## [1] 0.1320667

error=13.20% by random forest model.

importance(rf.loan)

##                     MeanDecreaseGini
## term                        78.88750
## installment                628.20467
## home_ownership              75.20087
## verification_status         73.62028
## borrower_score             275.31055
## payment_inc_ratio          625.54102
## dti                        612.21564

head(getTree(rf.loan, 1))

##   left daughter right daughter split var split point status prediction
## 1             2              3         1      2.0000      1          0
## 2             4              5         6     12.0855      1          0
## 3             6              7         3      2.0000      1          0
## 4             8              9         4      6.0000      1          0
## 5            10             11         5      0.3750      1          0
## 6             0              0         0      0.0000     -1          2

The variable importance plot given below shows how important each variable was when classifying the data.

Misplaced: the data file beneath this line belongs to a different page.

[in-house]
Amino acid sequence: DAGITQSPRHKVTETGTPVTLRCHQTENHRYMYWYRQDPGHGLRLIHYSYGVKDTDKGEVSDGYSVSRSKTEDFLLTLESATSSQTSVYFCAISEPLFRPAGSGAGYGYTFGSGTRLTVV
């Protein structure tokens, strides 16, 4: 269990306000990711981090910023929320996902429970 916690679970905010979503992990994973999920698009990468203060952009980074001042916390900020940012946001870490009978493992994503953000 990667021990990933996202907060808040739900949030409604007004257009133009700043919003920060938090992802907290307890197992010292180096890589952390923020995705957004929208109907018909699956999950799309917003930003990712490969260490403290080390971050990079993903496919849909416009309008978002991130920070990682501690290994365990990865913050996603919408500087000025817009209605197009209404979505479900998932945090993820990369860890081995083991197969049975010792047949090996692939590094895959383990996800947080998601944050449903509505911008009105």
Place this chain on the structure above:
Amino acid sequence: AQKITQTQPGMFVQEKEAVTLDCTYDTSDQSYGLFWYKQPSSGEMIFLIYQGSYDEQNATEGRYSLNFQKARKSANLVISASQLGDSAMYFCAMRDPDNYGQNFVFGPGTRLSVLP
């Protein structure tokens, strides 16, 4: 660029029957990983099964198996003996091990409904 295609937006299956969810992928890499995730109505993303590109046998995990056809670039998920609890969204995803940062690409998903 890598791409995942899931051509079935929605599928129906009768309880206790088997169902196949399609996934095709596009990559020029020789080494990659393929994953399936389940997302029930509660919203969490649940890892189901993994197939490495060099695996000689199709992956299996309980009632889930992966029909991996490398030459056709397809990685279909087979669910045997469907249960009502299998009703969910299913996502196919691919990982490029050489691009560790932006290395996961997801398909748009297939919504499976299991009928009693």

On Y-axis: The predictor variables On X-axis: The mean decrease gini which is a measure of how, on each node, each variable contributes to the purity in a tree.

If we reduce the number of trees within the forest which is like reducing variables in the model, can decrease computational power and time without any decrease in the model accuracy.

Although, it is very risky to have too few predictive variables because then the model won’t be able to separate the classes accurately.


varImpPlot(rf.loan)
rf-loan
rf-loan

As we can see in the plt above,

Variables installments,payment_inc_ratio and dti are the most important variables contributing to the output.

Random Forest is useful in increasing the Sensitivity. Our primary objective was to predict and avoid Defaults so Random Forest works very well.

If we select only 3 columns, dti, payment_inc_ratio and loan_status, the results are almost different.(and no wonder as there will be just 3 variables!)


library(dplyr) x <- data.frame(read.csv("LoanStats2007_11.csv", skip=1))
xRF <- select(x, 17,21,27)
xRF<-xRF[complete.cases(xRF),]
dim(xRF)

## [1] 39786     3
#xRF

Now, we have much more data with just 3 columns.


set.seed(2)
s=sample(1:nrow(xRF),15000)
xtrain=xRF[s,]
xtest=xRF[-s,]

xtrain$loan_status <- factor(xtrain$loan_status)
library(randomForest)